Al Geist: Too Big for MPI?
In 2008 the National Leadership Computing Facility at Oak Ridge National Laboratory will have a petaflop system in place. This system will have tens of thousands of processors and petabytes of memory. This capability system will focus on application problems that are so hard that they require weeks on the full system to achieve breakthrough science in nanotechnology, medicine, and energy. With long running jobs on such huge computing systems the question arises: Are the computers and applications getting too big for MPI? This talk will address several reasons why the answer to this question may be yes.
The first reason is the growing need for fault tolerance. This talk will review the recent efforts in adding fault
tolerance to MPI and the broader need for holistic fault tolerance across petascale machines. The second reason is the potential need by these applications for new features or capabilities that don’t exist in the MPI standard. A third reason is the emergence of new languages and programming paradigms on the horizon.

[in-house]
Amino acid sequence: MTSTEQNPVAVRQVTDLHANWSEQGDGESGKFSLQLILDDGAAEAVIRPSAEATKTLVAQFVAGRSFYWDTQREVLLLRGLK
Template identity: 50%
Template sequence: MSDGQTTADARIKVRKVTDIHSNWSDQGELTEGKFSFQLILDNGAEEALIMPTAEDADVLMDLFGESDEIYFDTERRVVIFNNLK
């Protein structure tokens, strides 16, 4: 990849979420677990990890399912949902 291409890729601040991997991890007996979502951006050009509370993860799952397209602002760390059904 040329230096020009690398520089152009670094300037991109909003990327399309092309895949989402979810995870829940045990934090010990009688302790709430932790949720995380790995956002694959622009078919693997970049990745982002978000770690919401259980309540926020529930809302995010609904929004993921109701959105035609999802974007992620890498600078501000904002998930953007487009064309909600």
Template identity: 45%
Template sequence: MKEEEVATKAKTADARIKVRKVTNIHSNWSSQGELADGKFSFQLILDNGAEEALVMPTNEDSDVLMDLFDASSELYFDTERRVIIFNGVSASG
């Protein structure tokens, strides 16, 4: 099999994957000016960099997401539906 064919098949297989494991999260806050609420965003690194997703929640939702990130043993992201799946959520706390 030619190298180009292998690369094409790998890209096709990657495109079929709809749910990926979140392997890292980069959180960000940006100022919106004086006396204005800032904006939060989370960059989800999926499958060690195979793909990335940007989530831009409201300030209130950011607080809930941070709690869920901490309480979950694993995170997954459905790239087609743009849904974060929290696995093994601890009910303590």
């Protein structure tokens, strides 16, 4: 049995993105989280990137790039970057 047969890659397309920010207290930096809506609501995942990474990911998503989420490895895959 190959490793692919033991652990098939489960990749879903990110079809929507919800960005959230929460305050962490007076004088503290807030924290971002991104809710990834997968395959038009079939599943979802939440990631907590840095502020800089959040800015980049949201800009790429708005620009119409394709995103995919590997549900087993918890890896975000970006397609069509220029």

This talk will discuss the DARPA High Productivity Computing Systems project and the new languages, Fortress, Chapel, Fortress, and X10 being developed by Cray, Sun, and IBM respectively.
About the speaker.
Al Geist is a Corporate Research Fellow at Oak Ridge National Laboratory (ORNL),where he leads the 35 member Computer Science Research Group. He is one of the original developers of PVM (Parallel Virtual Machine), which became a world-wide de facto standard for heterogeneous distributed computing. Al was actively involved in both the MPI-1 and MPI-2 design teams and more recently the development of FT-MPI, a fault tolerant MPI implementation. Today he leads a national Scalable Systems Software effort, involving all the DOE and NSF supercomputer sites, with the goal of defining standardized interfaces between system software
components. Al is co-PI of a national Genomes to Life (GTL) center. The goal of his GTL center is to develop new algorithms, and computational infrastructure for understanding protein machines and regulatory pathways in cells. He heads up a project developing self-adapting, fault tolerant algorithms for 100,000 processor systems.
In his 20 years at ORNL, he has published two books and over 190 papers in areas ranging from heterogeneous distributed computing, numerical linear algebra, parallel computing, collaboration technologies, solar energy, materials science, biology, and solid state physics. You can find out more at Al’s web site.